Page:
Workers at Hanford tanks stop in dispute over chemical vapors

SPOKANE, Wash. (AP) — Some workers on the Hanford Nuclear Reservation have decided to stop working in some of the radioactive waste tank farms because of safety concerns over chemical vapors.

Hanford for decades made plutonium for nuclear weapons, and now contains millions of gallons of radioactive waste stored in 177 underground tanks in southeastern Washington. The government is spending $2 billion a year to clean up the site.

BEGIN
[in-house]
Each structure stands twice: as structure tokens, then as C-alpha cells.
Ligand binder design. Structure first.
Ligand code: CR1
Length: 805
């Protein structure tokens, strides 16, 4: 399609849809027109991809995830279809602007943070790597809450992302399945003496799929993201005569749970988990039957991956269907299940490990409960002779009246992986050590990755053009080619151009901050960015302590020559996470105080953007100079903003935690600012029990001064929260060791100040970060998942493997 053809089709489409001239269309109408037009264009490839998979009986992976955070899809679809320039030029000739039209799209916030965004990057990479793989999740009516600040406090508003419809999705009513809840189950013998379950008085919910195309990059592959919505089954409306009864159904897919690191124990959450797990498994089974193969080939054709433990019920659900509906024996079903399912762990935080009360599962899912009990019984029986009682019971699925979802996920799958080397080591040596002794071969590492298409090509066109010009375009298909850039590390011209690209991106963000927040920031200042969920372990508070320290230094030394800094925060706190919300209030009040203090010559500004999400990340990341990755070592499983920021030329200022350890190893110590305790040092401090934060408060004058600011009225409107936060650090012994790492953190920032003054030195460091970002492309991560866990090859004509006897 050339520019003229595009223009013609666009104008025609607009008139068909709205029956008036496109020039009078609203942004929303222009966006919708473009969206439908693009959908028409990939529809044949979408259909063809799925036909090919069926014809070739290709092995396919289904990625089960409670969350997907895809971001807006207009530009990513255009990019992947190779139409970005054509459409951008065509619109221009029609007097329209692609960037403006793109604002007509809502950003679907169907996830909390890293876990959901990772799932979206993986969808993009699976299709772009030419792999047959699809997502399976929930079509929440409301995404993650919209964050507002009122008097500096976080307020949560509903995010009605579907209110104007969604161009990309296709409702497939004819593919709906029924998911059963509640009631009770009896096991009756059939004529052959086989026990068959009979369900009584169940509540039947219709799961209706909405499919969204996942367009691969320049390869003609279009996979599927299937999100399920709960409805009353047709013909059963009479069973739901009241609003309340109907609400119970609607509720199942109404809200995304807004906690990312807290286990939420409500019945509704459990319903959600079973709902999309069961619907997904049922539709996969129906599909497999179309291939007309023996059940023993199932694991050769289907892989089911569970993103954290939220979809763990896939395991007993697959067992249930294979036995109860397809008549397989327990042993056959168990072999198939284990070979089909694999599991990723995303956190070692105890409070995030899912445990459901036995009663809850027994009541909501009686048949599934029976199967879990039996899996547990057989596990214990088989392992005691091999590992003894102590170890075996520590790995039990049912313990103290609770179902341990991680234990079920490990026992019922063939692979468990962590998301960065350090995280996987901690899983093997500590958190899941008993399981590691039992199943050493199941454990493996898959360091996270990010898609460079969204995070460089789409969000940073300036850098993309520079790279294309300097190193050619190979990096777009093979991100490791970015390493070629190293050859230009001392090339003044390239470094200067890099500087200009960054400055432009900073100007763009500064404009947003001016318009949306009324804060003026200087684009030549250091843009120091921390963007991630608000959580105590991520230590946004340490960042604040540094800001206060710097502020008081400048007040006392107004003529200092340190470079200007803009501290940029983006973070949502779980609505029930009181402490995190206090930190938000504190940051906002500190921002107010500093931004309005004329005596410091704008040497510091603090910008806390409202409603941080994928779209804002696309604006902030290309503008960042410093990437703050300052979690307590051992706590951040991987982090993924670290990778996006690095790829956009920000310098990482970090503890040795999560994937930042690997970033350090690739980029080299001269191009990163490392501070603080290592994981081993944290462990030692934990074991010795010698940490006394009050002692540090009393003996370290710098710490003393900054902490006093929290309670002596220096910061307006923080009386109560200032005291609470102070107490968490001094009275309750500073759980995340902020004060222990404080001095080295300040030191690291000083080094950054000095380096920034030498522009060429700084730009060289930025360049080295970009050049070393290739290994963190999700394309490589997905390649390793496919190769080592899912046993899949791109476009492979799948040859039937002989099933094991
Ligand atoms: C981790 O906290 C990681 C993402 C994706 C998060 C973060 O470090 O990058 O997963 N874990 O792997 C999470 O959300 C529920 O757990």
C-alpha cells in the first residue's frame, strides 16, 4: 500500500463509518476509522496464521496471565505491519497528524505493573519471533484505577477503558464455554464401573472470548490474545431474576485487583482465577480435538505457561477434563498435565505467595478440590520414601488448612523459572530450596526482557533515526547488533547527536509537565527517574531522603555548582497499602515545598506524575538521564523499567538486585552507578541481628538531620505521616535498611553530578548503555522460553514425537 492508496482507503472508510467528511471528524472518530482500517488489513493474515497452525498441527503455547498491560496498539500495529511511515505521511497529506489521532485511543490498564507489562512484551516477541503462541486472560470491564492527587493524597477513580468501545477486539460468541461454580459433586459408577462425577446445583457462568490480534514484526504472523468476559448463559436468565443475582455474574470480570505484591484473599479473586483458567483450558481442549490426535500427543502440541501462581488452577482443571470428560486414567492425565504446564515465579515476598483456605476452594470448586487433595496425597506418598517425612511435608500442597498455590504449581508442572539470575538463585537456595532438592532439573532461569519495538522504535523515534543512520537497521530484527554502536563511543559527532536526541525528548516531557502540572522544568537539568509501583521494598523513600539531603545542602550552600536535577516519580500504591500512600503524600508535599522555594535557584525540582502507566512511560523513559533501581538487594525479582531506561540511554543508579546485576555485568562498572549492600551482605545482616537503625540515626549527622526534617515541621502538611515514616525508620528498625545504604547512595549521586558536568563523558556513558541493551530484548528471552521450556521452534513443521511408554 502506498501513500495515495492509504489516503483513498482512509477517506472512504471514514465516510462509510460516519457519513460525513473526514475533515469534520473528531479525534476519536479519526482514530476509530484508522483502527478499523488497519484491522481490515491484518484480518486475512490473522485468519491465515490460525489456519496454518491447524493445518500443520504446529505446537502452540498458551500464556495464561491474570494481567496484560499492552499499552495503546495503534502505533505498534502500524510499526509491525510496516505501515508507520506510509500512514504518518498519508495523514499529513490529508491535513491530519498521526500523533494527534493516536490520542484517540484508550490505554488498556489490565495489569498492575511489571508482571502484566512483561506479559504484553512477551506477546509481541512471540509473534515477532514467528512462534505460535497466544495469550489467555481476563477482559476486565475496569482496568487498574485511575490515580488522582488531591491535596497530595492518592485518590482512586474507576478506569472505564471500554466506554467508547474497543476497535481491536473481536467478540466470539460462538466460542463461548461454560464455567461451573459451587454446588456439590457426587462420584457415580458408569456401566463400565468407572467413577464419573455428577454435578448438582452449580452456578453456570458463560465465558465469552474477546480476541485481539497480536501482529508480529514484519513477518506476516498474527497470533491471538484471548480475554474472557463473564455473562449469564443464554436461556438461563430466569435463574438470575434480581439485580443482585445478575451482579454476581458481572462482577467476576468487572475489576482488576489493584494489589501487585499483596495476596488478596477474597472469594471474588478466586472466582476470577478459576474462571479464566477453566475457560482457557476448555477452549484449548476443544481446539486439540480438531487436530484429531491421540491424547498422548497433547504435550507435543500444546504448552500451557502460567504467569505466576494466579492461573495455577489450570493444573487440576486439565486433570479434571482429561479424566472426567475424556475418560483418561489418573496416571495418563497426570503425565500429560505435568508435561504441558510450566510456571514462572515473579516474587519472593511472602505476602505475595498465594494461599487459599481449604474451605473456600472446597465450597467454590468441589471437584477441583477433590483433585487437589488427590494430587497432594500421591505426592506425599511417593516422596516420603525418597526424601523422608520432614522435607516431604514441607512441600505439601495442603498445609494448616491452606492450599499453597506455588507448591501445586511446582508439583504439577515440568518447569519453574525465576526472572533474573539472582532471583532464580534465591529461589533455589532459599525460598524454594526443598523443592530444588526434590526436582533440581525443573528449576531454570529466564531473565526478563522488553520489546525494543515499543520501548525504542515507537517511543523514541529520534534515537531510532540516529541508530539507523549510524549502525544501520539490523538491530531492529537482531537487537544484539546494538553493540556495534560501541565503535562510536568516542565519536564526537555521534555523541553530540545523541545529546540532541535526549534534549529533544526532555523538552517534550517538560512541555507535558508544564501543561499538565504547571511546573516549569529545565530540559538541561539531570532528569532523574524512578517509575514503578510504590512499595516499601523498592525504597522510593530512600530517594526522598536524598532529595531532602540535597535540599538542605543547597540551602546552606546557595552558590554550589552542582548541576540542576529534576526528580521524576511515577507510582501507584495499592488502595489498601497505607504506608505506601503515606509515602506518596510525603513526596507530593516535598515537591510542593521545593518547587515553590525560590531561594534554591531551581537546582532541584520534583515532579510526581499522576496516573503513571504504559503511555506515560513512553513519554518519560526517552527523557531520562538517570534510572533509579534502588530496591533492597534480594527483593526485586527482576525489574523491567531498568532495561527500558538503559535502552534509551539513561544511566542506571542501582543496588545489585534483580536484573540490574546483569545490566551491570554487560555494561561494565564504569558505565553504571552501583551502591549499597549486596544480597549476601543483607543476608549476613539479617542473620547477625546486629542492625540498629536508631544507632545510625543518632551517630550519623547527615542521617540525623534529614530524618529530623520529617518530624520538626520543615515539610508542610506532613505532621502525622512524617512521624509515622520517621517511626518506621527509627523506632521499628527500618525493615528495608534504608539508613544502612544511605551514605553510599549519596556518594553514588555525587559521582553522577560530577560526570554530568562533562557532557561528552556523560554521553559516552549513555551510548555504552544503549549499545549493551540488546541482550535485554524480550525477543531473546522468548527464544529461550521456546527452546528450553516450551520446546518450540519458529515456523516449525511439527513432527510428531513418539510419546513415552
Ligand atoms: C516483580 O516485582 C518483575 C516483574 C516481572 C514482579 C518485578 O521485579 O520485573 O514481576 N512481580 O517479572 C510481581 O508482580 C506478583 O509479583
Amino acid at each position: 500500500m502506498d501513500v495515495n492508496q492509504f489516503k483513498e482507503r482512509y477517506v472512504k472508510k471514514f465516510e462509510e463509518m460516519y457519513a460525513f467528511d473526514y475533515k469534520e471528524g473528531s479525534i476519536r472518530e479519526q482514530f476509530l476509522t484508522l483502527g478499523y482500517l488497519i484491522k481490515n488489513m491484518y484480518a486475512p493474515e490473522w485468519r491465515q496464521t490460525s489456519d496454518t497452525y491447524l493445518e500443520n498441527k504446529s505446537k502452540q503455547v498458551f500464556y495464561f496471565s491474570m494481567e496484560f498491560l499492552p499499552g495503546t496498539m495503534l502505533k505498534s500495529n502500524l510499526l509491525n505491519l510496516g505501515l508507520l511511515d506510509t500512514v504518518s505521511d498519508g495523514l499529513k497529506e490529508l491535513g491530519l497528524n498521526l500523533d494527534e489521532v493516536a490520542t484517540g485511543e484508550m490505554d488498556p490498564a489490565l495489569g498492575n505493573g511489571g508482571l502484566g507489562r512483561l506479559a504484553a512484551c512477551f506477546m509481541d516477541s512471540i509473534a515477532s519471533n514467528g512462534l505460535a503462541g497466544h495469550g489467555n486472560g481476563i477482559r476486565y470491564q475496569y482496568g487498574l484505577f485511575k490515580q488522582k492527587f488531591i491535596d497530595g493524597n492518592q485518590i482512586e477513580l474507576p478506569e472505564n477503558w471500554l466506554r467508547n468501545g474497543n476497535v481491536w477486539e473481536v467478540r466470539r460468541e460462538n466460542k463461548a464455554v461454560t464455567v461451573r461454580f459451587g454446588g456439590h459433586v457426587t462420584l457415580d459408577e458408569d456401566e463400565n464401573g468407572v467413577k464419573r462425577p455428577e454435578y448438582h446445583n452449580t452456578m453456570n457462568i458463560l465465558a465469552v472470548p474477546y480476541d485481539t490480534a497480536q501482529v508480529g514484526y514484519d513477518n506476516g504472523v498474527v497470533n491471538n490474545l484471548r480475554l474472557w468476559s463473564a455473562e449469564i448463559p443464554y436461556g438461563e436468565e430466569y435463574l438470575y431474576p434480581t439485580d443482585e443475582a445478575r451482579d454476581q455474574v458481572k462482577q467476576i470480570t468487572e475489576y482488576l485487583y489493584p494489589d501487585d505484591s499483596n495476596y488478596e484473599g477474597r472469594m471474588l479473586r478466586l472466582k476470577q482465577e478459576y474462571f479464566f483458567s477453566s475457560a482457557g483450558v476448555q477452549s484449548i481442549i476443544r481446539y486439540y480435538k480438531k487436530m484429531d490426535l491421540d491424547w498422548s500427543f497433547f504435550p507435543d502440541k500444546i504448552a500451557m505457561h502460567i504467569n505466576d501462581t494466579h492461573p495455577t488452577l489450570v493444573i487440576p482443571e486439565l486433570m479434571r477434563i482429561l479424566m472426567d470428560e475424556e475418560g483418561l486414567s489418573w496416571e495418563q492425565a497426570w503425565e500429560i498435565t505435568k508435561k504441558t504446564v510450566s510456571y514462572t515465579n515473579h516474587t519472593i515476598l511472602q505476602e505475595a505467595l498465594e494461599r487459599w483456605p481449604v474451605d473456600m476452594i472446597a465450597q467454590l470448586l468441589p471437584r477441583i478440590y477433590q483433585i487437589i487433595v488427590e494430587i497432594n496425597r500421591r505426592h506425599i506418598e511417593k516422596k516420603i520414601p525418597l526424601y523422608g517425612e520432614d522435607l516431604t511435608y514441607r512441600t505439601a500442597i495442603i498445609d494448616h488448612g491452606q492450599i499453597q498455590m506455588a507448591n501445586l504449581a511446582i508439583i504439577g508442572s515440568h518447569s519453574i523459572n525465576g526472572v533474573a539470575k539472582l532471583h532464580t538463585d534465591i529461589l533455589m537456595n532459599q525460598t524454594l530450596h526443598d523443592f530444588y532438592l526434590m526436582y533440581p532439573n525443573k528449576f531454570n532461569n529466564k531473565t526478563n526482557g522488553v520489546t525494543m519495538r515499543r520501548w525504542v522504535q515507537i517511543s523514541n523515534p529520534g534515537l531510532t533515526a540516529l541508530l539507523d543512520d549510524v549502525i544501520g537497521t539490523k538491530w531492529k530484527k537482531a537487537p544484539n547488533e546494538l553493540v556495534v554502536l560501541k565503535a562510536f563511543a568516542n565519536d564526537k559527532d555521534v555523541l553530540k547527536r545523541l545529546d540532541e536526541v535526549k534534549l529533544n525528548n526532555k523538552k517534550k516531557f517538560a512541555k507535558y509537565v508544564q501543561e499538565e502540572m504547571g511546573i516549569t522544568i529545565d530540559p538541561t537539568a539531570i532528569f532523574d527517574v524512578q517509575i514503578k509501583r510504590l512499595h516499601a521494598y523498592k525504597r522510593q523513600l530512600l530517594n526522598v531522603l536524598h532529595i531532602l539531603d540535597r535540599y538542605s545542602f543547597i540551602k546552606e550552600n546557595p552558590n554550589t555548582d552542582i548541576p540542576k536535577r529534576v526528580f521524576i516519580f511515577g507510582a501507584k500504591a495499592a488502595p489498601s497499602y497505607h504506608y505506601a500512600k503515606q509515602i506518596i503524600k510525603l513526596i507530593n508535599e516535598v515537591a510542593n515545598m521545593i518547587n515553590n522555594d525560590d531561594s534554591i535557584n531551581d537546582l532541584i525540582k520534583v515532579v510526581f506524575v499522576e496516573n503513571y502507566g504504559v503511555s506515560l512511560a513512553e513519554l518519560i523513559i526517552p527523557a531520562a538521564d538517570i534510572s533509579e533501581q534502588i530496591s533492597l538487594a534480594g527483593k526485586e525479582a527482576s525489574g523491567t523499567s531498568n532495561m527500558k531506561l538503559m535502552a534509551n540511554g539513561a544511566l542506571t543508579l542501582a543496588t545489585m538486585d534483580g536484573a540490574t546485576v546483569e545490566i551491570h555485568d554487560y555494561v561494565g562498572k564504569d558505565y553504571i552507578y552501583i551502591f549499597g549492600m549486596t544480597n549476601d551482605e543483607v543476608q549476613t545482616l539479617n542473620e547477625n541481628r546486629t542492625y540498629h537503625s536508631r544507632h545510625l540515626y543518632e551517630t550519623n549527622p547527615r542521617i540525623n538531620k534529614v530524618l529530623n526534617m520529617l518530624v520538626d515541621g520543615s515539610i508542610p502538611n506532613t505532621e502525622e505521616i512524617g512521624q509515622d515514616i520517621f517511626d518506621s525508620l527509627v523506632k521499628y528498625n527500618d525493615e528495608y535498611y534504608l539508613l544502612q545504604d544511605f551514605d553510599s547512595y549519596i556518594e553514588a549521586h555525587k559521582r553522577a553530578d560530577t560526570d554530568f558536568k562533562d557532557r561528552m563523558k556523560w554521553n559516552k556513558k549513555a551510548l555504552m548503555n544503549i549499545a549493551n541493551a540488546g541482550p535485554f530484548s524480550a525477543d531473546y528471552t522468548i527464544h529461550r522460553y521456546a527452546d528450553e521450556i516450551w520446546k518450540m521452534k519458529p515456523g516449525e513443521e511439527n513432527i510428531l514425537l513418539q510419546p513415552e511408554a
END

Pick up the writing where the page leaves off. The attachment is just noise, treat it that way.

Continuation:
The Hanford Atomic Metal Trades Council on Monday issued a "stop work" order at the double-walled tanks that contain dangerous wastes from the past production of plutonium for nuclear weapons.

Council President Dave Molnaa says workers are demanding they be supplied with bottled air when they work at any of the tank farms. Currently, bottled air is required only when working among the older, single-walled underground tanks.

Officials for Washington River Protection Solutions, the private contractor that operates the tank farms for the U.S. Department of Energy, confirmed the work stoppage at the double-walled tank farms.